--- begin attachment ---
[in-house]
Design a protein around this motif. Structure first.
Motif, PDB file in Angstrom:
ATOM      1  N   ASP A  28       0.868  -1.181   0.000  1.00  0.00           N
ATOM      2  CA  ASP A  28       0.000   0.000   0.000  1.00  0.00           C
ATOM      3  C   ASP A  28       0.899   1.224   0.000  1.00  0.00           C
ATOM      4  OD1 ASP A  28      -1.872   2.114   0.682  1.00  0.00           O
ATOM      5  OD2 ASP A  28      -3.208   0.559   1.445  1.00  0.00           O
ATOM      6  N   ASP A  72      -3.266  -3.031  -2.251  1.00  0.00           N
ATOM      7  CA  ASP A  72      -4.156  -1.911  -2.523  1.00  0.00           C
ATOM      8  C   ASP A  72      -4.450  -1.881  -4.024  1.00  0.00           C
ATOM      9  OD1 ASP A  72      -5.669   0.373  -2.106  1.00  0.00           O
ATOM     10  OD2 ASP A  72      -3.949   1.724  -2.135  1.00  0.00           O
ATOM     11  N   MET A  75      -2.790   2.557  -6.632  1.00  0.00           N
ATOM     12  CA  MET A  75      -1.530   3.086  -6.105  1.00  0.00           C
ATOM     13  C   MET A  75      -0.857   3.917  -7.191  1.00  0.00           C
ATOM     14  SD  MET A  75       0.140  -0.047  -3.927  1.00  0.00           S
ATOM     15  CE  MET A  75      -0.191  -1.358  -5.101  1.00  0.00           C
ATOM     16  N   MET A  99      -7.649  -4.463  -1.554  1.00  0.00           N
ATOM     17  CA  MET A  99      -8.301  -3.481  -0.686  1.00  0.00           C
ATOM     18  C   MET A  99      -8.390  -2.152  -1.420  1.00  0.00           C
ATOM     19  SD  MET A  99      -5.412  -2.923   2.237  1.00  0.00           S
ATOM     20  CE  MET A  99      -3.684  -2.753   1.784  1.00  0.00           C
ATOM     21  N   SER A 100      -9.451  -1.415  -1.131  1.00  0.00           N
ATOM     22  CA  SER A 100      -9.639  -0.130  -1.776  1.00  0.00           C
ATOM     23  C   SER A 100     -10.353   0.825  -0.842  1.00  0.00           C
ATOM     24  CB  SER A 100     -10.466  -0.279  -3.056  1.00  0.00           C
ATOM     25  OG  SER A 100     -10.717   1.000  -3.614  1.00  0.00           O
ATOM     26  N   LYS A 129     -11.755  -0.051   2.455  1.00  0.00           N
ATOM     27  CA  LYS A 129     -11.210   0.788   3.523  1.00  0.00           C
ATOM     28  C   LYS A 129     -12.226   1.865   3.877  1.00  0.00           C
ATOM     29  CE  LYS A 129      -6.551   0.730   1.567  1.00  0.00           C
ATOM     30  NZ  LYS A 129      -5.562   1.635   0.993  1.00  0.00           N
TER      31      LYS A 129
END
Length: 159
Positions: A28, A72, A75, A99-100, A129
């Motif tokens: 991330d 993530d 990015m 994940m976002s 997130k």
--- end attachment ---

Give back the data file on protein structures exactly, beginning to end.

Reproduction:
[in-house]
Design a protein around this motif. Structure first.
Motif, PDB file in Angstrom:
ATOM      1  N   ASP A  28       0.868  -1.181   0.000  1.00  0.00           N
ATOM      2  CA  ASP A  28       0.000   0.000   0.000  1.00  0.00           C
ATOM      3  C   ASP A  28       0.899   1.224   0.000  1.00  0.00           C
ATOM      4  OD1 ASP A  28      -1.872   2.114   0.682  1.00  0.00           O
ATOM      5  OD2 ASP A  28      -3.208   0.559   1.445  1.00  0.00           O
ATOM      6  N   ASP A  72      -3.266  -3.031  -2.251  1.00  0.00           N
ATOM      7  CA  ASP A  72      -4.156  -1.911  -2.523  1.00  0.00           C
ATOM      8  C   ASP A  72      -4.450  -1.881  -4.024  1.00  0.00           C
ATOM      9  OD1 ASP A  72      -5.669   0.373  -2.106  1.00  0.00           O
ATOM     10  OD2 ASP A  72      -3.949   1.724  -2.135  1.00  0.00           O
ATOM     11  N   MET A  75      -2.790   2.557  -6.632  1.00  0.00           N
ATOM     12  CA  MET A  75      -1.530   3.086  -6.105  1.00  0.00           C
ATOM     13  C   MET A  75      -0.857   3.917  -7.191  1.00  0.00           C
ATOM     14  SD  MET A  75       0.140  -0.047  -3.927  1.00  0.00           S
ATOM     15  CE  MET A  75      -0.191  -1.358  -5.101  1.00  0.00           C
ATOM     16  N   MET A  99      -7.649  -4.463  -1.554  1.00  0.00           N
ATOM     17  CA  MET A  99      -8.301  -3.481  -0.686  1.00  0.00           C
ATOM     18  C   MET A  99      -8.390  -2.152  -1.420  1.00  0.00           C
ATOM     19  SD  MET A  99      -5.412  -2.923   2.237  1.00  0.00           S
ATOM     20  CE  MET A  99      -3.684  -2.753   1.784  1.00  0.00           C
ATOM     21  N   SER A 100      -9.451  -1.415  -1.131  1.00  0.00           N
ATOM     22  CA  SER A 100      -9.639  -0.130  -1.776  1.00  0.00           C
ATOM     23  C   SER A 100     -10.353   0.825  -0.842  1.00  0.00           C
ATOM     24  CB  SER A 100     -10.466  -0.279  -3.056  1.00  0.00           C
ATOM     25  OG  SER A 100     -10.717   1.000  -3.614  1.00  0.00           O
ATOM     26  N   LYS A 129     -11.755  -0.051   2.455  1.00  0.00           N
ATOM     27  CA  LYS A 129     -11.210   0.788   3.523  1.00  0.00           C
ATOM     28  C   LYS A 129     -12.226   1.865   3.877  1.00  0.00           C
ATOM     29  CE  LYS A 129      -6.551   0.730   1.567  1.00  0.00           C
ATOM     30  NZ  LYS A 129      -5.562   1.635   0.993  1.00  0.00           N
TER      31      LYS A 129
END
Length: 159
Positions: A28, A72, A75, A99-100, A129
């Motif tokens: 991330d 993530d 990015m 994940m976002s 997130k």